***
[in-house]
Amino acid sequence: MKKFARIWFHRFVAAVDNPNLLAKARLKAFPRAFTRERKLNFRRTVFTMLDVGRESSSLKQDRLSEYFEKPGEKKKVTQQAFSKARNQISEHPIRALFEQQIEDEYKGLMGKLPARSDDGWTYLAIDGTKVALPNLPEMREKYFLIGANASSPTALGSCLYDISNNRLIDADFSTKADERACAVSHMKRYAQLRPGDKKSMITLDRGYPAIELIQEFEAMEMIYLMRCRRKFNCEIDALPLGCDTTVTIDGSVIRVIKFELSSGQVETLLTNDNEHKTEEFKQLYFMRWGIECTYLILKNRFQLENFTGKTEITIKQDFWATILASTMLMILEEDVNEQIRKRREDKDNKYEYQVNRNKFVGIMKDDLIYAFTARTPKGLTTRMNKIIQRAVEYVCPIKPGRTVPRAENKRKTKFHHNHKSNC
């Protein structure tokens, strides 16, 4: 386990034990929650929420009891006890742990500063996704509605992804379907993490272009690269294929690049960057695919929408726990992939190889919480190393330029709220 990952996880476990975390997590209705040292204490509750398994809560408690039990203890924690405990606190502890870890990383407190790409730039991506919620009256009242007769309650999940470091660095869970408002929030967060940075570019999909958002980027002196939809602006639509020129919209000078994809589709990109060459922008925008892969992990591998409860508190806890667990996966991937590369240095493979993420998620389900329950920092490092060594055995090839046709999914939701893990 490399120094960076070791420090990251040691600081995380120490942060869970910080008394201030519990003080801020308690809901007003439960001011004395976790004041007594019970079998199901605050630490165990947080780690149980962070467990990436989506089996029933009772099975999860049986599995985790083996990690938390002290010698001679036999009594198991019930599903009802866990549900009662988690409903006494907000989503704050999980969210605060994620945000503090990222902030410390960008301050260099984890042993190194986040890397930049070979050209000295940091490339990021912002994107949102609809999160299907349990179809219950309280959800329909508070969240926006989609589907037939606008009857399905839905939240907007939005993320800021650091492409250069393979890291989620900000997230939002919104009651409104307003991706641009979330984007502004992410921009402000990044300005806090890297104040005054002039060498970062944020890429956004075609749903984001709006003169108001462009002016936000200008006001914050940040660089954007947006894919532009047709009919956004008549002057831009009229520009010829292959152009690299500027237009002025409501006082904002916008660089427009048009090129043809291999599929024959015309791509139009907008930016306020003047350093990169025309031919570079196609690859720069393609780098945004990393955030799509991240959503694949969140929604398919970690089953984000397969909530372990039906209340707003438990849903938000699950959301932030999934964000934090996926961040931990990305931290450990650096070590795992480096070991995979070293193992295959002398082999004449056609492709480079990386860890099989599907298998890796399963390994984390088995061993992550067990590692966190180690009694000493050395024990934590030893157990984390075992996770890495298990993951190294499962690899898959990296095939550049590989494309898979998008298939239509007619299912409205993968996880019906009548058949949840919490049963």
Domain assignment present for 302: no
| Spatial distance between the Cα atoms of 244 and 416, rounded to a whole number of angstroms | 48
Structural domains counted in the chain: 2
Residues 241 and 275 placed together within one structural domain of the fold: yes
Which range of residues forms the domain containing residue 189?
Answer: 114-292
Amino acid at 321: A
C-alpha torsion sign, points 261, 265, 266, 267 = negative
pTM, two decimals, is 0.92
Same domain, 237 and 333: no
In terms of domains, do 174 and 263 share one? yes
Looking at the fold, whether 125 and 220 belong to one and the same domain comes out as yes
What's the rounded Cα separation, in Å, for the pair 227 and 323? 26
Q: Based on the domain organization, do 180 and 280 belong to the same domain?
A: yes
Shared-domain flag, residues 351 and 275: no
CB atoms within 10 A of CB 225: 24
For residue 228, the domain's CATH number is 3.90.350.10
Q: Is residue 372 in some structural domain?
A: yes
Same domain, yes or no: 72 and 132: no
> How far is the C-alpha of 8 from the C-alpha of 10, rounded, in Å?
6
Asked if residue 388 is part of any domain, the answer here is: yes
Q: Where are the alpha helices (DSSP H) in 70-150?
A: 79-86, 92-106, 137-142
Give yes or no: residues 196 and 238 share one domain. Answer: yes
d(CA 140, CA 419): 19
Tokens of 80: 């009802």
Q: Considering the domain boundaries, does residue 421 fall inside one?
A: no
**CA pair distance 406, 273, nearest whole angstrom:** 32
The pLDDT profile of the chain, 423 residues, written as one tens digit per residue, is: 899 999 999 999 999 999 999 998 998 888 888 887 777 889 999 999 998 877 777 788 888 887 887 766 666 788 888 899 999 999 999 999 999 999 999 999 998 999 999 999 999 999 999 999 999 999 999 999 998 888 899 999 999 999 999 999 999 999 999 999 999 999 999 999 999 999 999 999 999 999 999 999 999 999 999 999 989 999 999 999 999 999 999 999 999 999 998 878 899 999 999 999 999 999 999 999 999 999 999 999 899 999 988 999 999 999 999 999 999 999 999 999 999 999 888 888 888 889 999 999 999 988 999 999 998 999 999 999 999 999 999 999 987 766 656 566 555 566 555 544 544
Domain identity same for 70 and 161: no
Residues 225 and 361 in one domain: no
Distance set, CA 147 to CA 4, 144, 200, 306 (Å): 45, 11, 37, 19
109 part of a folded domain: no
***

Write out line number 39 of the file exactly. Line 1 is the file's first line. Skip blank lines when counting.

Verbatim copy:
Distance set, CA 147 to CA 4, 144, 200, 306 (Å): 45, 11, 37, 19